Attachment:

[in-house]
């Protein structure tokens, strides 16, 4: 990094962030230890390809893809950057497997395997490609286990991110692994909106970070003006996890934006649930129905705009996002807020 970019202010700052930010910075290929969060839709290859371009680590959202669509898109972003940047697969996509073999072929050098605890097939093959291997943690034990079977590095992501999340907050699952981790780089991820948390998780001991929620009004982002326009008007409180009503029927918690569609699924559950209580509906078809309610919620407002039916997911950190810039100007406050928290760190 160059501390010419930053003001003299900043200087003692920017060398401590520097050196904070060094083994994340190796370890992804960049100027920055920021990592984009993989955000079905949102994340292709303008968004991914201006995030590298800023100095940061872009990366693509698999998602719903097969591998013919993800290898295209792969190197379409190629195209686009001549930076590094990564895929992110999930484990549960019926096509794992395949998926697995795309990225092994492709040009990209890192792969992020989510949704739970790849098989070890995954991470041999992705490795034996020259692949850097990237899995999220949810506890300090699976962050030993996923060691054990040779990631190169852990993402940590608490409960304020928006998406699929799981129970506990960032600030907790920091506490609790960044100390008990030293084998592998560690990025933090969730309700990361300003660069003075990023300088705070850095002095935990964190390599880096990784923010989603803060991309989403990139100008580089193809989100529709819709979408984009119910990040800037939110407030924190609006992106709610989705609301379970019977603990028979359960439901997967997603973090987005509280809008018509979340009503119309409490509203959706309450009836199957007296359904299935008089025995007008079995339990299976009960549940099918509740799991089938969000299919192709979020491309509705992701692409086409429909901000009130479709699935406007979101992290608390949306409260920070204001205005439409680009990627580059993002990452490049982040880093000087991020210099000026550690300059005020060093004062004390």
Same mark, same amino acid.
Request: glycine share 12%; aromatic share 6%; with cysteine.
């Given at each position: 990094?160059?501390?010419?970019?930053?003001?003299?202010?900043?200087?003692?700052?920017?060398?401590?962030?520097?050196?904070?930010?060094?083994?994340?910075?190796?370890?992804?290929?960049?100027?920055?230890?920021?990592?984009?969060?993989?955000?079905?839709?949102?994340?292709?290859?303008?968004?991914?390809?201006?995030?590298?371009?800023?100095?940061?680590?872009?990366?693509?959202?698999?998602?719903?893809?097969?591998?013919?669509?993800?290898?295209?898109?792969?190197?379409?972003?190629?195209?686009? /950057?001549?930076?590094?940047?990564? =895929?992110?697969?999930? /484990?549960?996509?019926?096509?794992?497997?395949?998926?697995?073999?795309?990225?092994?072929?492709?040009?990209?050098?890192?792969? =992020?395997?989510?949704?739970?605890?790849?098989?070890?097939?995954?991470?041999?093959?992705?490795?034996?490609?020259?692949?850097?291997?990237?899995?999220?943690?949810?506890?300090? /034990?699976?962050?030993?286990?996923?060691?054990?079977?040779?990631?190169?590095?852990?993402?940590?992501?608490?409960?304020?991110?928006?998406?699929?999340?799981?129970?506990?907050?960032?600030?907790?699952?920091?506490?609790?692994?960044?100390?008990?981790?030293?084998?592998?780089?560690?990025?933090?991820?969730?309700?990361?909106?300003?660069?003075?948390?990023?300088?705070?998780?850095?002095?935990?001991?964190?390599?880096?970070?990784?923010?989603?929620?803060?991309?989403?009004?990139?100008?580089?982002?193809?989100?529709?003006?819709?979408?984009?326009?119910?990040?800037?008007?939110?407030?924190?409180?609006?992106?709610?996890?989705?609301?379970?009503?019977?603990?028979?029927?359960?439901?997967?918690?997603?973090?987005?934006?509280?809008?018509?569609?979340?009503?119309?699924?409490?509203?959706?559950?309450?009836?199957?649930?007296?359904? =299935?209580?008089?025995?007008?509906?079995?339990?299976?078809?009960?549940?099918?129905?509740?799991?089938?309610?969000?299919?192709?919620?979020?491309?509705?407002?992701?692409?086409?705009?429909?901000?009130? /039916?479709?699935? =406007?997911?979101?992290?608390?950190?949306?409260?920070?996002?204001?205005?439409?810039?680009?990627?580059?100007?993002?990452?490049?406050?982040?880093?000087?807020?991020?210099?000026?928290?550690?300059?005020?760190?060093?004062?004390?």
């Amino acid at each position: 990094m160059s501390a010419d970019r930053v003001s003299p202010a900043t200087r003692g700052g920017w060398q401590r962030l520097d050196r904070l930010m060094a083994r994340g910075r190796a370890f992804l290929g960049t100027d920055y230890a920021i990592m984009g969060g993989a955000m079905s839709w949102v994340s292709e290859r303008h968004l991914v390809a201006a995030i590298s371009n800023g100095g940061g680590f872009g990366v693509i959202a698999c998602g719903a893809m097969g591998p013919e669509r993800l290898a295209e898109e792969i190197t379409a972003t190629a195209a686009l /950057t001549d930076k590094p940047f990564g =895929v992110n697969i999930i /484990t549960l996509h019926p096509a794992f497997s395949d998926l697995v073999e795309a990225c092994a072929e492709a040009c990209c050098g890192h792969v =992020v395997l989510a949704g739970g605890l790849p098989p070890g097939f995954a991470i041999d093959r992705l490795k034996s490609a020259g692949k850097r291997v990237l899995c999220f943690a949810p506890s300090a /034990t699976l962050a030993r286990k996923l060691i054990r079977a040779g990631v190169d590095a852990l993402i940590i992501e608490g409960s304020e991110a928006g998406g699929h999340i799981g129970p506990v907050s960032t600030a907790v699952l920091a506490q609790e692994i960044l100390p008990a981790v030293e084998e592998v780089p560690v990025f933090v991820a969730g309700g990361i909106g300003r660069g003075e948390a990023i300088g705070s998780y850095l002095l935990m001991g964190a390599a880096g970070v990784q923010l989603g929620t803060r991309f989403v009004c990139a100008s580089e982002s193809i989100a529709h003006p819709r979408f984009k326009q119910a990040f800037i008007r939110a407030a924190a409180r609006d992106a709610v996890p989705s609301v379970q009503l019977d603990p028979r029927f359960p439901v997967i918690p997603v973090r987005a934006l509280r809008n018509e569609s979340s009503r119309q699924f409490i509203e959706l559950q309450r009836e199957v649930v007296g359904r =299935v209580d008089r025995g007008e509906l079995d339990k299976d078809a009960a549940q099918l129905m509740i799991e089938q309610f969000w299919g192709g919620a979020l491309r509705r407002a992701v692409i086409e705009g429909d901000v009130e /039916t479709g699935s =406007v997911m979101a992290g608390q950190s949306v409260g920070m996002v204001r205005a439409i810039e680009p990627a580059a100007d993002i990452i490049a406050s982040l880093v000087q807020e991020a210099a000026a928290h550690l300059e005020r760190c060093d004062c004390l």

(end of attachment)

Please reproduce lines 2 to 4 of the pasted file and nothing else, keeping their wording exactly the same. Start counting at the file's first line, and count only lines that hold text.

């Protein structure tokens, strides 16, 4: 990094962030230890390809893809950057497997395997490609286990991110692994909106970070003006996890934006649930129905705009996002807020 970019202010700052930010910075290929969060839709290859371009680590959202669509898109972003940047697969996509073999072929050098605890097939093959291997943690034990079977590095992501999340907050699952981790780089991820948390998780001991929620009004982002326009008007409180009503029927918690569609699924559950209580509906078809309610919620407002039916997911950190810039100007406050928290760190 160059501390010419930053003001003299900043200087003692920017060398401590520097050196904070060094083994994340190796370890992804960049100027920055920021990592984009993989955000079905949102994340292709303008968004991914201006995030590298800023100095940061872009990366693509698999998602719903097969591998013919993800290898295209792969190197379409190629195209686009001549930076590094990564895929992110999930484990549960019926096509794992395949998926697995795309990225092994492709040009990209890192792969992020989510949704739970790849098989070890995954991470041999992705490795034996020259692949850097990237899995999220949810506890300090699976962050030993996923060691054990040779990631190169852990993402940590608490409960304020928006998406699929799981129970506990960032600030907790920091506490609790960044100390008990030293084998592998560690990025933090969730309700990361300003660069003075990023300088705070850095002095935990964190390599880096990784923010989603803060991309989403990139100008580089193809989100529709819709979408984009119910990040800037939110407030924190609006992106709610989705609301379970019977603990028979359960439901997967997603973090987005509280809008018509979340009503119309409490509203959706309450009836199957007296359904299935008089025995007008079995339990299976009960549940099918509740799991089938969000299919192709979020491309509705992701692409086409429909901000009130479709699935406007979101992290608390949306409260920070204001205005439409680009990627580059993002990452490049982040880093000087991020210099000026550690300059005020060093004062004390």
Same mark, same amino acid.
Request: glycine share 12%; aromatic share 6%; with cysteine.